Microsoft is issuing guidance in the wake of a targeted cyberattack most recently aimed at parts of the US government. Microsoft's issuance is both parts, identifying recent nation-state sanctioned attack techniques as well as giving its customer assurance that as of now, "we have not identified any Microsoft product or cloud service vulnerabilities in these investigations."
According to a post on a company blog title Important steps for customers to protect themselves from recent nation-state cyberattacks, Microsoft list the following techniques that have been used by nefarious agents to conduct the relatively recent sophisticated cyberattacks.
- An intrusion through malicious code in the SolarWinds Orion product. This results in the attacker gaining a foothold in the network, which the attacker can use to gain elevated credentials. Microsoft Defender now has detections for these files. Also, see SolarWinds Security Advisory.
- An intruder using administrative permissions acquired through an on-premises compromise to gain access to an organization’s trusted SAML token- signing certificate. This enables them to forge SAML tokens that impersonate any of the organization’s existing users and accounts, including highly privileged accounts.
- Anomalous logins using the SAML tokens created by a compromised token-signing certificate, which can be used against any on-premises resources (regardless of identity system or vendor) as well as against any cloud environment (regardless of vendor) because they have been configured to trust the certificate. Because the SAML tokens are signed with their own trusted certificate, the anomalies might be missed by the organization.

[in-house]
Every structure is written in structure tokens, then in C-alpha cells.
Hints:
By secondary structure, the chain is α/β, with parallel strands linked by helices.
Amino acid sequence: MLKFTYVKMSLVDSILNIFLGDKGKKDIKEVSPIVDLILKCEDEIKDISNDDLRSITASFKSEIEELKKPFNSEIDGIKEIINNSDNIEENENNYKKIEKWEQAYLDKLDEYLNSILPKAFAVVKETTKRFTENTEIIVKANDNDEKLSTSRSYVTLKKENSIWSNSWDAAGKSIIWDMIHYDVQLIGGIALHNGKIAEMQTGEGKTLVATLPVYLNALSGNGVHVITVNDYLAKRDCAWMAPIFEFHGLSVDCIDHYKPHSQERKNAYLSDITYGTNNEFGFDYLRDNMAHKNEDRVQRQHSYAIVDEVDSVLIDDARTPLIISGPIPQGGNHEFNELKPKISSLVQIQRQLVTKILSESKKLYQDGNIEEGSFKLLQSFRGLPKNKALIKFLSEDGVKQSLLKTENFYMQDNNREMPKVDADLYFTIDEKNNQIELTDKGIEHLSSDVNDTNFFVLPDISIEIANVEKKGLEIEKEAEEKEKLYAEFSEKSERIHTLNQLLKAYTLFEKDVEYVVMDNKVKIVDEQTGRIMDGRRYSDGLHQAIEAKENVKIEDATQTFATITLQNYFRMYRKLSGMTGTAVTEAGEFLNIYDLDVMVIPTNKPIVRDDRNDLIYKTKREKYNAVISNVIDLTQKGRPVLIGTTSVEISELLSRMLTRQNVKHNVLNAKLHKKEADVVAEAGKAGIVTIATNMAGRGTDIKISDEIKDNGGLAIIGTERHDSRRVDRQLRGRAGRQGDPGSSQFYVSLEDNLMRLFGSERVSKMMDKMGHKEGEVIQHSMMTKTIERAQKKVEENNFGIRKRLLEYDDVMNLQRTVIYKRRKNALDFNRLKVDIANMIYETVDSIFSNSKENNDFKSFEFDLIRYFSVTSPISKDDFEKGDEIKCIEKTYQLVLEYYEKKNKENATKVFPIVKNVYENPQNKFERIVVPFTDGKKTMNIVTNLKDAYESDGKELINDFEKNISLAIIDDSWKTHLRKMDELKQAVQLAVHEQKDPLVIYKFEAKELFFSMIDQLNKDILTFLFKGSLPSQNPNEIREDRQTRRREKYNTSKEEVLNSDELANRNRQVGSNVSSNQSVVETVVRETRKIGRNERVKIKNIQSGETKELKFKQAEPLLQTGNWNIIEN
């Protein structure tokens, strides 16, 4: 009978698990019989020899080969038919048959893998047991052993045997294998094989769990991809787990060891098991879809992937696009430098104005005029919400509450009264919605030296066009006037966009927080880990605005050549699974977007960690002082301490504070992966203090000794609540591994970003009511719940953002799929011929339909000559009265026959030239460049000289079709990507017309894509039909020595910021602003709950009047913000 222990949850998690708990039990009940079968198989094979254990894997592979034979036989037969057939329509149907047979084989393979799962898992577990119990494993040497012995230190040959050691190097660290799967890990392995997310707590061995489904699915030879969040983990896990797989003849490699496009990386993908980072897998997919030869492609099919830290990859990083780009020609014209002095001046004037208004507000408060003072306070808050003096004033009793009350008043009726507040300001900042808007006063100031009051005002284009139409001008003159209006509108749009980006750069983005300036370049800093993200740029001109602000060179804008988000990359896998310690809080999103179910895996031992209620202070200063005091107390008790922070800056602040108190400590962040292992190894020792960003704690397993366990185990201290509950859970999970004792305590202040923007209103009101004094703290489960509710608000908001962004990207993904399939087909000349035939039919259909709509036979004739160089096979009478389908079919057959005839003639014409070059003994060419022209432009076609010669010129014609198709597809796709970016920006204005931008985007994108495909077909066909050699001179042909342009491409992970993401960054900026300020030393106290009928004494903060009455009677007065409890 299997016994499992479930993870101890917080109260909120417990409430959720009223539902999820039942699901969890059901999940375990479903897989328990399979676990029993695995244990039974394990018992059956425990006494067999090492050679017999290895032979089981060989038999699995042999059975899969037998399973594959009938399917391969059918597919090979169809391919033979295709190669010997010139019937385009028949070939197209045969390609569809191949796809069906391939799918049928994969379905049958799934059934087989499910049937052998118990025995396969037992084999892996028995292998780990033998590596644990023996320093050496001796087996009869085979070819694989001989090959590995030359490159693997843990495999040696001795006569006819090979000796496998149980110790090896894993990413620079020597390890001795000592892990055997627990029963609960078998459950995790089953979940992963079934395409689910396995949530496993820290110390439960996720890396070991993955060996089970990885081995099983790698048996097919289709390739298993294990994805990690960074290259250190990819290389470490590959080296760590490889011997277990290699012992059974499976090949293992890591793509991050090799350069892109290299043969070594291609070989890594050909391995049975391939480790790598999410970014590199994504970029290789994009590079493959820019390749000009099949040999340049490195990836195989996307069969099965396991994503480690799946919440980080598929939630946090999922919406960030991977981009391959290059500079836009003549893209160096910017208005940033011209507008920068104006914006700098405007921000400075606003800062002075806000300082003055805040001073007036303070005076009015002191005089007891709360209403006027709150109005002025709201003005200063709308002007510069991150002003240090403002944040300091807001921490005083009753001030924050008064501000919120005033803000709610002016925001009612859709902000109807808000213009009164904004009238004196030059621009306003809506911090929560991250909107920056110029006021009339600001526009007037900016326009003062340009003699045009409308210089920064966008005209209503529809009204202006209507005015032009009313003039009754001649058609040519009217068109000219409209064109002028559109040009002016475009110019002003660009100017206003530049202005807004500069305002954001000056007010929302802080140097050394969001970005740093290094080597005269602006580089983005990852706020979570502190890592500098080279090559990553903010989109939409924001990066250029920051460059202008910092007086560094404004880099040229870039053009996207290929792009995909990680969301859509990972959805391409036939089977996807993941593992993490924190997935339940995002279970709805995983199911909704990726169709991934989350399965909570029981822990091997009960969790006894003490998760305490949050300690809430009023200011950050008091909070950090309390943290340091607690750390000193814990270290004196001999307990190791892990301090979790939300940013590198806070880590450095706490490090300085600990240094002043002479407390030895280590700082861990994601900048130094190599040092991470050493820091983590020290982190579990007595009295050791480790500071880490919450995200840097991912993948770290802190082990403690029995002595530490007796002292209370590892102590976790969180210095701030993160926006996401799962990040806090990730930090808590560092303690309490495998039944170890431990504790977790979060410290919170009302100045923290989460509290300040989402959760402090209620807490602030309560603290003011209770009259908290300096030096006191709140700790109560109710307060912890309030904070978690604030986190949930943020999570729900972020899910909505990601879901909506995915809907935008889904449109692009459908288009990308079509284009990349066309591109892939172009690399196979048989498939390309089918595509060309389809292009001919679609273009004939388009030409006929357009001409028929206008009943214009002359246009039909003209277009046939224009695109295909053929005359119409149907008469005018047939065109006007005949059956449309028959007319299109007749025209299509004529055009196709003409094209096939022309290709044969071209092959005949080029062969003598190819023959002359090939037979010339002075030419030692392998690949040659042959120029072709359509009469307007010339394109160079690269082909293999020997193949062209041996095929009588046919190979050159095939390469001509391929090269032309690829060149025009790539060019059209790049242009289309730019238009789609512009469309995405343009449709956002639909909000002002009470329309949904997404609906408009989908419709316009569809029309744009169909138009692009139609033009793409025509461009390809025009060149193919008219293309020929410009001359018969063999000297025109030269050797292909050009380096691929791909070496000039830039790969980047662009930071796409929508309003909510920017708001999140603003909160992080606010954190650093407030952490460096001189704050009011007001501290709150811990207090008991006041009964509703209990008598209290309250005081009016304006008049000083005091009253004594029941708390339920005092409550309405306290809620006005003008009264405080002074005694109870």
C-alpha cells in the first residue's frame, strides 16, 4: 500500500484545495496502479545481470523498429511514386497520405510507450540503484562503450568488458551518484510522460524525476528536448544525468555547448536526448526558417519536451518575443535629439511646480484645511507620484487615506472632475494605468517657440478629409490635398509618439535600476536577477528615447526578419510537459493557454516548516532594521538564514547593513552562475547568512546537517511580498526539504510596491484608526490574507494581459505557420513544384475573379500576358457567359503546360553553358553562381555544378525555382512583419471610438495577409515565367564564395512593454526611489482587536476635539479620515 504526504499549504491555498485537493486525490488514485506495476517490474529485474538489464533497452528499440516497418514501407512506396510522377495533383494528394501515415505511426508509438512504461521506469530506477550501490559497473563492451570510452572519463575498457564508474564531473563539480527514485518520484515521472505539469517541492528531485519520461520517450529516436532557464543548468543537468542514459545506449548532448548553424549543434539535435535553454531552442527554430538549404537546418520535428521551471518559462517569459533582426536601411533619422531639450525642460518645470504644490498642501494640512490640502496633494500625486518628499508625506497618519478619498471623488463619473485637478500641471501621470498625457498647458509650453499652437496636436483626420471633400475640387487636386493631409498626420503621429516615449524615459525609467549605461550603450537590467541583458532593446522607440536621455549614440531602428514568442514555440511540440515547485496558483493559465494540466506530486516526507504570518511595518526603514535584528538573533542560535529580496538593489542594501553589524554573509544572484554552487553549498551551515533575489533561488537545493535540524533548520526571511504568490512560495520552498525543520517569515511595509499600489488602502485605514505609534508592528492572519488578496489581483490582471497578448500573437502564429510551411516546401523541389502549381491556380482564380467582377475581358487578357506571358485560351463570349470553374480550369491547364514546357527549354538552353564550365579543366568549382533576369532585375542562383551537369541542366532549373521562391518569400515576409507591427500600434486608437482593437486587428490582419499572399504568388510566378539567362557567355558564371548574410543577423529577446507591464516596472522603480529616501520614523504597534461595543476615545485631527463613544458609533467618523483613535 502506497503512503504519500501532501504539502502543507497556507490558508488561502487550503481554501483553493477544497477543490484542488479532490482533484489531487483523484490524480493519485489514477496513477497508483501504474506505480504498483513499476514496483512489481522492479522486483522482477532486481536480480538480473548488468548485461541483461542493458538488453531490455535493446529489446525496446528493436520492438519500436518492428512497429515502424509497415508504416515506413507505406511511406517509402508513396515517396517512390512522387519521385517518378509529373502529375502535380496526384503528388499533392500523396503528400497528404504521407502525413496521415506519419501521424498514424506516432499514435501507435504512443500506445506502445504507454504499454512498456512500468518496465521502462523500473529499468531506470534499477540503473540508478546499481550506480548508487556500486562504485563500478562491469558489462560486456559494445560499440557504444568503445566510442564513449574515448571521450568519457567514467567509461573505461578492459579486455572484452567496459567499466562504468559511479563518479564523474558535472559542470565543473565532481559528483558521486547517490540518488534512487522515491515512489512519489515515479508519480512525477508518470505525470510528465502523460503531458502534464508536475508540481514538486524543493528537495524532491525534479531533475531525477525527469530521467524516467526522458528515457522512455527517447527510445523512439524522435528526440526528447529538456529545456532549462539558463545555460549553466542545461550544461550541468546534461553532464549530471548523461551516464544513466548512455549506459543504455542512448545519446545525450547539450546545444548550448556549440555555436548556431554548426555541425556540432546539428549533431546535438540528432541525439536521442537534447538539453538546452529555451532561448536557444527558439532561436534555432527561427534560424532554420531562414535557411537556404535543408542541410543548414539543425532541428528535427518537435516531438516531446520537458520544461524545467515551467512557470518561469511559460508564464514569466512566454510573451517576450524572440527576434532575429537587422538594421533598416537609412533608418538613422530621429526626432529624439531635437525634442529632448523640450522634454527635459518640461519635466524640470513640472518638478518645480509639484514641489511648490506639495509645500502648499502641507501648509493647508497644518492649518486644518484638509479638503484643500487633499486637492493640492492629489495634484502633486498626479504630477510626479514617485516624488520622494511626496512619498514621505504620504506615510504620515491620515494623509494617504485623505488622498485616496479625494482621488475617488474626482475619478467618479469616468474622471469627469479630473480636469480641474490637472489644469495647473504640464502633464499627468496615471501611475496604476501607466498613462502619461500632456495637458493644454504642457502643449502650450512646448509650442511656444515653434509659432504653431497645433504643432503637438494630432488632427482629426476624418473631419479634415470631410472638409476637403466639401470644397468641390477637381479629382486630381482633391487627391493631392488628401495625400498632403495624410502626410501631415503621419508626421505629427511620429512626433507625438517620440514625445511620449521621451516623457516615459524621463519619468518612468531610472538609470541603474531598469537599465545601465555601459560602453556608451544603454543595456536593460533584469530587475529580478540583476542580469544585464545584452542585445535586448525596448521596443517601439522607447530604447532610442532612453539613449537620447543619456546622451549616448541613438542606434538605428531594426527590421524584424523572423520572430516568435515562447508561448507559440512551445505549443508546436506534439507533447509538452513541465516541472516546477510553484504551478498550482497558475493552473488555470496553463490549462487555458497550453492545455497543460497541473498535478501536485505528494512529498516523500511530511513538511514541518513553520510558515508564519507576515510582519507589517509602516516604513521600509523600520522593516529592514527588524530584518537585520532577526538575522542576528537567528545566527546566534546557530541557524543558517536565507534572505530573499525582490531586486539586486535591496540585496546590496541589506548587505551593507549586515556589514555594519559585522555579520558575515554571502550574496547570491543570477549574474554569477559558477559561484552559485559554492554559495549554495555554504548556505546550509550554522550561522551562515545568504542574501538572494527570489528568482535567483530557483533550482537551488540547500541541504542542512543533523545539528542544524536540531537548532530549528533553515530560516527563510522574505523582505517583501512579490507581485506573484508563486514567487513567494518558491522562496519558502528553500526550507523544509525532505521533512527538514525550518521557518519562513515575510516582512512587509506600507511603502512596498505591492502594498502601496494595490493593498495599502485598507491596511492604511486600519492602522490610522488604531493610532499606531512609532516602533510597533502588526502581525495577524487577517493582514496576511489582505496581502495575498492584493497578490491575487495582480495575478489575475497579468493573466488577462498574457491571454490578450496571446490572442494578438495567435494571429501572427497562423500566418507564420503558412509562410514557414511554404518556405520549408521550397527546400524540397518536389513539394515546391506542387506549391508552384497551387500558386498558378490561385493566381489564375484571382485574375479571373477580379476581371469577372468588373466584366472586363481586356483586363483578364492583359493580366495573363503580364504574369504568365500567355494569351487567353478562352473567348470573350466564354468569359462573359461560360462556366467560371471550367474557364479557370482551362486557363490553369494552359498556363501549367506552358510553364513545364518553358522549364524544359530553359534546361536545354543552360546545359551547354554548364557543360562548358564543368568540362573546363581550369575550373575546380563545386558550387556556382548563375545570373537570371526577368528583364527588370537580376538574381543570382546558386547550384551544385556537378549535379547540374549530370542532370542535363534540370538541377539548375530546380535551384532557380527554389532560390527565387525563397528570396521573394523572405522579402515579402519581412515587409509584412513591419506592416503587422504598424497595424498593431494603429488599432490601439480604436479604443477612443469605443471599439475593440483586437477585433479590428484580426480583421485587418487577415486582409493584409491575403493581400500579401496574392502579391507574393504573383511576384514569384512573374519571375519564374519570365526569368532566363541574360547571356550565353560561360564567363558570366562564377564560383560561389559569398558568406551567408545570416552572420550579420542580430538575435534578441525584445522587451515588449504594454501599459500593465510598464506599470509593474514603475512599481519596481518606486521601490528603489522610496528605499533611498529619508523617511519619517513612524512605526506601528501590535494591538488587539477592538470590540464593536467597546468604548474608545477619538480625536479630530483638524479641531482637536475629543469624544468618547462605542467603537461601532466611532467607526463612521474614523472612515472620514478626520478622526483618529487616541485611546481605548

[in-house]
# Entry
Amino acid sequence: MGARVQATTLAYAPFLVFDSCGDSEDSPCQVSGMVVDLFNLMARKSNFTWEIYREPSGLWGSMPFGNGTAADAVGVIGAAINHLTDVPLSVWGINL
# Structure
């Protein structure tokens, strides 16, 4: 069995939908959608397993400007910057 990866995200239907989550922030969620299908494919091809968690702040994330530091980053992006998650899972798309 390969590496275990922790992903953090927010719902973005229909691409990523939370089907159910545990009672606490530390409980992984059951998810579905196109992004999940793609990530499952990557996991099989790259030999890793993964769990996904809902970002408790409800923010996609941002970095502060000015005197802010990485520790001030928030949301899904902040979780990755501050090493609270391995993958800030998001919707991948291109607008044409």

- Using highly privileged accounts acquired through the technique above or other means, attackers may add their own credentials to existing application service principals, enabling them to call APIs with the permission assigned to that application.
While the above are highlights mentioned by Microsoft in this particular post, the company's full 2020 Digital Defense Report goes further in-depth discussing specific criminal groups, their activity during the COVID-19 pandemic, and a community approach to cybersecurity among other things. Even as Microsoft attempts to become a proprietor of cybersecurity, the company acknowledges that its efforts are, "only a small piece of what's needed to address the challenge."